Wine Advocate 93 points “The single-vineyard 2016 Tega do Sal is 90% Treixadura and 10% Albariño from the Vilerma zone, from 25-year-old plants on granite soils that have more clay and some laminar, schist-like texture, soils that give a little more volume. There’s also a high percentage of Treixadura and an east-facing exposition that provides good ripeness. They try to tame that natural power, as they are looking for tension in a place that would naturally deliver more volume, so they decided to ferment the Treixadura in stainless steel. It has great finesse and elegance; it’s floral and has a fresh palate with very good acidity. 2,745 bottles produced.”
“Most Under Rated Producer in All of Burgundy”
The Fantastic Reds of Henri Prudhon
Most of the time when the phrase “cult wine” is used we think of small production, pricy wines with lots of points. But every now and then we see a wine that breaks that mold. The wines from Domain Henri Prudhon are prime examples. They aren’t expensive, but they are hard for us to source because they occupy a unique place in the Burgundy world. For one, they’re incredibly fairly priced, which seems to be rarer than ever before in Burgundy. Most of all, though, they’re mineral driven wines, built on stone and not fruit, including the reds, which we’re highlighting today.
The Prudhon wines seem to hold the essence of their stony terroirs inside of them. Both red and white have a minerality and precision that’s very old-school and completely captivating. They’re held back before release and this set of releases are from outstanding vintages, especially for the cooler St. Aubin terroir that the Prudhon family owns. 2015 was a standout vintage for the red side of Burgundy and the year’s natural richness plays off of the estate’s natural leaner style. These are some of the best reds we’ve tasted from the estate, which is really saying something. They’re in stock now, perfect for summer/fall drinking and cellaring for the future.
In Stock Now:
Henri Prudhon & Fils Bourgogne Rouge Les Charmeaux, Burgundy 2016 750ML ($27.95) $24 special
Importer (Neal Rosenthal) Note “This cuvée is drawn from several parcels in Saint Aubin that comprise about 7/10 of a hectare. The vines are a mix of young (10 years) and old (40 years). Clay and limestone soils with a western exposure in the western most sector of the village of Saint Aubin. The wine is aged in small barrel for eight months but no new oak is used.”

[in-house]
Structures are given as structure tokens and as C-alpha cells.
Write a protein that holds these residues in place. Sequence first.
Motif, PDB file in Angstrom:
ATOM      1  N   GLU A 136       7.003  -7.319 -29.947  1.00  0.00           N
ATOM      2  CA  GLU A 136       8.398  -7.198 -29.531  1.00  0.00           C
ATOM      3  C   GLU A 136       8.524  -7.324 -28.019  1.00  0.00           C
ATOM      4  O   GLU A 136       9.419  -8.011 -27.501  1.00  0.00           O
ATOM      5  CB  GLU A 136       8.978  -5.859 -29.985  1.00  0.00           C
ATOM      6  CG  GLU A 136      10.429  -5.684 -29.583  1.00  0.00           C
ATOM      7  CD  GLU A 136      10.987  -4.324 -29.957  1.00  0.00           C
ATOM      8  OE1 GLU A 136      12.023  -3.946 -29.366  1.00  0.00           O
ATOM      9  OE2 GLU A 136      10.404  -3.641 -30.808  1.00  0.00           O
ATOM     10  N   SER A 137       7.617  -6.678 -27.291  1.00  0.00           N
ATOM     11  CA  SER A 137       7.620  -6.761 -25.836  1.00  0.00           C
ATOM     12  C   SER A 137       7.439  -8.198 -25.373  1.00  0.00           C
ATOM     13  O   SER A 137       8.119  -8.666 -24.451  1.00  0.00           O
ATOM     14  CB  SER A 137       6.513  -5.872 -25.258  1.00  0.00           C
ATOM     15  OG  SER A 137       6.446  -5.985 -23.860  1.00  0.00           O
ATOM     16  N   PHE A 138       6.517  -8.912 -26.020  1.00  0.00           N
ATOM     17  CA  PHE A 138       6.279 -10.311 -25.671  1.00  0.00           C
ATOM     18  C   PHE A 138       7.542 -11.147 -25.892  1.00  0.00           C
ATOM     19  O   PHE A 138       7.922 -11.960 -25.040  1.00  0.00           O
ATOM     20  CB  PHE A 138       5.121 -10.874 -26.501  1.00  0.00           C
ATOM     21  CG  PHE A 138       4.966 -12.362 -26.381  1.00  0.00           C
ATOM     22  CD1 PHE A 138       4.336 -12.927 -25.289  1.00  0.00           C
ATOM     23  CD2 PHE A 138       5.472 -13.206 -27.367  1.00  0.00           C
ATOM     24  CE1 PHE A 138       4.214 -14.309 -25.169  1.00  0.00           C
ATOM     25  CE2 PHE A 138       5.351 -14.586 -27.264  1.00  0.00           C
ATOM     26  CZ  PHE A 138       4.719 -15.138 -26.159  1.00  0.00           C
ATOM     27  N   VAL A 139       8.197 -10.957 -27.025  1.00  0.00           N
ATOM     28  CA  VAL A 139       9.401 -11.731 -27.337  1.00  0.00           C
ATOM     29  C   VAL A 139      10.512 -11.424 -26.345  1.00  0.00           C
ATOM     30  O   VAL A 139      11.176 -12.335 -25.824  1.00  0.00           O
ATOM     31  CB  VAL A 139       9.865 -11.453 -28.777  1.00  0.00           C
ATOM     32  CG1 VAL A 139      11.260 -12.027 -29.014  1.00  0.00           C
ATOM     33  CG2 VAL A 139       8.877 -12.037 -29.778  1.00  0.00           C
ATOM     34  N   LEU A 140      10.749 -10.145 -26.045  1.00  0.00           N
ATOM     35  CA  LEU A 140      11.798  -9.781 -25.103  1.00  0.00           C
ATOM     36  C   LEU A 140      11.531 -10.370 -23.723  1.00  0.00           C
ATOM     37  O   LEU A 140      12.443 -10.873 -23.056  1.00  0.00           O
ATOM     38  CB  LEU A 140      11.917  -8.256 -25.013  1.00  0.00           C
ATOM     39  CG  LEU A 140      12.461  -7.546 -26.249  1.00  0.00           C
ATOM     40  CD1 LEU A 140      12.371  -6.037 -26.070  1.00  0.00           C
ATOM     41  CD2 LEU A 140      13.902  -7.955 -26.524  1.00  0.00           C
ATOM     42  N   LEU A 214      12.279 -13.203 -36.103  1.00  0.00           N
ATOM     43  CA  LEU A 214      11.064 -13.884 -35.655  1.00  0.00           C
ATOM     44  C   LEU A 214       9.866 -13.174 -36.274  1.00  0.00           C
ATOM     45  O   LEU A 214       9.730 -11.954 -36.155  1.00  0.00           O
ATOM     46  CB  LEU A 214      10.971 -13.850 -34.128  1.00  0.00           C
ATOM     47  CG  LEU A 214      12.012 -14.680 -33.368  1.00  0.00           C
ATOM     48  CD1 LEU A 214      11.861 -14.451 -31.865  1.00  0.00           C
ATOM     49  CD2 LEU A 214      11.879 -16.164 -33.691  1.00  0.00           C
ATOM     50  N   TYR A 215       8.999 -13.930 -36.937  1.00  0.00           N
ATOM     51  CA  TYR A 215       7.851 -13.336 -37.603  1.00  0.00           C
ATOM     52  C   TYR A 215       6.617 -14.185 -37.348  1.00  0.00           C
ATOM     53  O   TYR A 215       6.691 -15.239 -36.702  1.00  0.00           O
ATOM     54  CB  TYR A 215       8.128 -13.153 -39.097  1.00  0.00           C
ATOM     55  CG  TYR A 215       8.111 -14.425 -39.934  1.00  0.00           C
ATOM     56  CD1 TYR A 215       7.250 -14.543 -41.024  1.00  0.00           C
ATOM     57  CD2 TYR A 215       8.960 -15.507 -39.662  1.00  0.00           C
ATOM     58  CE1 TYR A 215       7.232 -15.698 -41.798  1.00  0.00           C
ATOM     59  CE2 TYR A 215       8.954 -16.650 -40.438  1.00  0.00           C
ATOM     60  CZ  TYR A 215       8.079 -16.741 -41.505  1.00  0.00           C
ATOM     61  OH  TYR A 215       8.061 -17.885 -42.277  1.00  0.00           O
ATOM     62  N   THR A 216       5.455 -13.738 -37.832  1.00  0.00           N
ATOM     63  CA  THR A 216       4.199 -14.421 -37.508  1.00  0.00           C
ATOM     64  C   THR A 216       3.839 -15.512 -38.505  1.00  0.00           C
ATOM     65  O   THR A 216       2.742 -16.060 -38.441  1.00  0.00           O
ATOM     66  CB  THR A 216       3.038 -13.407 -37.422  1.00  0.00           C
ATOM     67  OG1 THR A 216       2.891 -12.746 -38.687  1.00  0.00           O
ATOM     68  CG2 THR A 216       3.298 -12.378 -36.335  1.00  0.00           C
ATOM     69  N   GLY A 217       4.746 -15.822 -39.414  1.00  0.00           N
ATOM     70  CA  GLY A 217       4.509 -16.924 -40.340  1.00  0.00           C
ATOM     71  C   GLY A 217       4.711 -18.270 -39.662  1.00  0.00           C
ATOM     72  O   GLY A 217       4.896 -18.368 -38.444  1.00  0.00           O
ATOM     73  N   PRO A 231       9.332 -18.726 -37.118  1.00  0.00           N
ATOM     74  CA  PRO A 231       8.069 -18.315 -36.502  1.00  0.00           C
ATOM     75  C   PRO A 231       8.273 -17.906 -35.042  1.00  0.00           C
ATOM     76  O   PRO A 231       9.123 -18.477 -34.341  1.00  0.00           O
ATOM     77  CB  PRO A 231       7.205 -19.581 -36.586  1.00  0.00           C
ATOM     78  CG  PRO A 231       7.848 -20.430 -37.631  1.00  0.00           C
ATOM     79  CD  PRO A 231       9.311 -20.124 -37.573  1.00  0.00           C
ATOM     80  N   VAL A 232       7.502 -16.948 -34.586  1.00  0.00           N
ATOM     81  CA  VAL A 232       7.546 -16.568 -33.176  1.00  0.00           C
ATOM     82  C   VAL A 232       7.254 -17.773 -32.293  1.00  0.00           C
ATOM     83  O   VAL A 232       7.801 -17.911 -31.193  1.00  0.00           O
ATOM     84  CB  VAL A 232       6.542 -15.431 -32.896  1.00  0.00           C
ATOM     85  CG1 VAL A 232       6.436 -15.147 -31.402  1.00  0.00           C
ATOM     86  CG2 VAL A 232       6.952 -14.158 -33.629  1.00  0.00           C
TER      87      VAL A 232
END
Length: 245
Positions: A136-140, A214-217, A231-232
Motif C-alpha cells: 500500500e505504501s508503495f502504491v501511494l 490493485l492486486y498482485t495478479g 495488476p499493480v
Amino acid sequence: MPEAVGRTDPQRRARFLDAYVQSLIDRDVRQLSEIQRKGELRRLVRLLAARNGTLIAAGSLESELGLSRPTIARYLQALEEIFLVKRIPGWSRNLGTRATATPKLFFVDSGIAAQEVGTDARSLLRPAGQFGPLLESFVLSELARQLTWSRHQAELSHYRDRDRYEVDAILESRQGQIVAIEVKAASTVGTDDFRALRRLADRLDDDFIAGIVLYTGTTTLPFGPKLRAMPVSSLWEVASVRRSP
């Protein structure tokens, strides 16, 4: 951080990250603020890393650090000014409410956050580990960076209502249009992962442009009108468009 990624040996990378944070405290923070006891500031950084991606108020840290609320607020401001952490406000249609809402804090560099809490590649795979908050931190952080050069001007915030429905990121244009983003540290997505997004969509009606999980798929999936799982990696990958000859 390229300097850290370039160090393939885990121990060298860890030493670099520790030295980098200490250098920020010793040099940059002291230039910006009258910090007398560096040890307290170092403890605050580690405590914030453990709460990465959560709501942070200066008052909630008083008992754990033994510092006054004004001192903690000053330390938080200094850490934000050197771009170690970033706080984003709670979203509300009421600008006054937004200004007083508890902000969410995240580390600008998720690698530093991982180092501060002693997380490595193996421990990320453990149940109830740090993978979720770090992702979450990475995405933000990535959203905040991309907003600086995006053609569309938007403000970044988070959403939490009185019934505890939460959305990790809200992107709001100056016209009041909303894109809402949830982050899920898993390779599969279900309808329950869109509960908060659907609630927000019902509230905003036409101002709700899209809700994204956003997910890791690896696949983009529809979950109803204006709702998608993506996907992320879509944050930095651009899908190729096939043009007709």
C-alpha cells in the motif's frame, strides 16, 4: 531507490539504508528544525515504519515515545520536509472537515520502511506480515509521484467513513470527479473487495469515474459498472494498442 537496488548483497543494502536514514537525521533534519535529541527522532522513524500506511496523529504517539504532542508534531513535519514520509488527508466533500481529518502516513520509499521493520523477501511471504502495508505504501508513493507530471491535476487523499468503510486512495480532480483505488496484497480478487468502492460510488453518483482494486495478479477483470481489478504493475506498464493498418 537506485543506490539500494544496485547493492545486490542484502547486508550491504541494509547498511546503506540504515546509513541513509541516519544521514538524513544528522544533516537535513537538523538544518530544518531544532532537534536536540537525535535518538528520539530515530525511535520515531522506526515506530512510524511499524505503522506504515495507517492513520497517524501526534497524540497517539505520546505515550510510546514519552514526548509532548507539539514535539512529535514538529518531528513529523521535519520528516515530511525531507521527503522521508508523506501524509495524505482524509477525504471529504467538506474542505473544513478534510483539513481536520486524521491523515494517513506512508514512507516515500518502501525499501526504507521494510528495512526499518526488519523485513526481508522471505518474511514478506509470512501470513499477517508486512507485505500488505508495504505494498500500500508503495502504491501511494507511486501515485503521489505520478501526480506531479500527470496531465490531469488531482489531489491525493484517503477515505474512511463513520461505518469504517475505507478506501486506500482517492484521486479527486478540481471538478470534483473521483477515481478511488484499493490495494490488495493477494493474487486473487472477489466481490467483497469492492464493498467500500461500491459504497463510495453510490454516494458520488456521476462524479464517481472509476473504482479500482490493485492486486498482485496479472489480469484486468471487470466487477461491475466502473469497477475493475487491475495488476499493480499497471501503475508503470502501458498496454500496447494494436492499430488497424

Henri Prudhon & Fils Saint-Aubin Les Argillers Rouge, Cote de Beaune 2015 750ML ($34.95) $28 special
Case-12 Henri Prudhon & Fils Saint-Aubin Les Argillers Rouge, Cote de Beaune 2015 750ML ($379.95) $299 special (that’s only $24.92/bottle!)
Importer (Neal Rosenthal) Note ““Les Argillers” sits on the upper reaches of the slope of Saint-Aubin, just south of “Le Ban” and bordering the forest. Prudhon farms two hectares of 30-to-60-year-old vines here, and the wine they produce tends to be snappy, mineral-driven, and floral—less about Pinot Noir plushness and more about the freshness and drive of a cool-climate red wine.”
Burghound “A pretty and fresh mix of red and dark raspberry aromas reveals earth and soft spice nuances. There is better volume to the sappy, round and succulent middle weight flavors that possess a bit more overall depth and length as well as slightly more supporting structure.”
The next best price is $32.98
Case-12 Henri Prudhon & Fils Les Frionnes Rouge, Saint-Aubin Premier Cru 2015 750ML ($479.95) $389 special (that’s only $32.42/bottle!)
Importer (Neal Rosenthal) Note “The Prudhons own a solid hectare of vines between 30 and 60 years of age in this premier cru that lies just to the north of “Les Perrieres.” In keeping with the Prudhon house style, “Frionnes” emphasizes the freshness and raciness of Saint-Aubin—there is virtually no new oak used in its elevage, and there’s a certain restraint and brightness to the fruit that feels self-assured and very terroir-loyal.”
Burghound “A spicy and again attractively fresh nose offers up notes of red currant, black raspberry and a hint of violet. The mouth feel of the medium-bodied flavors is also sappy and round with reasonably good vibrancy to the naturally sweet finale. This should be enjoyable young if that’s your preference.”
The next best price is $40.99
Case-12 Henri Prudhon & Fils Les Rouges Gorges, Saint-Aubin Premier Cru 2015 750ML ($479.95) $389 special (that’s only $32.42/bottle!)
Importer (Neal Rosenthal) Note “his wine is produced from two separate parcels: one on a hillside above the hamlet of Gamay and the other from a parcel between Saint Aubin and Chassagne Montrachet. The average age of the vines is 50 years (as of 2011). A classic wine of this sector with compelling notes of animal and wild berries. The elevage is about 18 months before bottling; again, very little new oak is used.”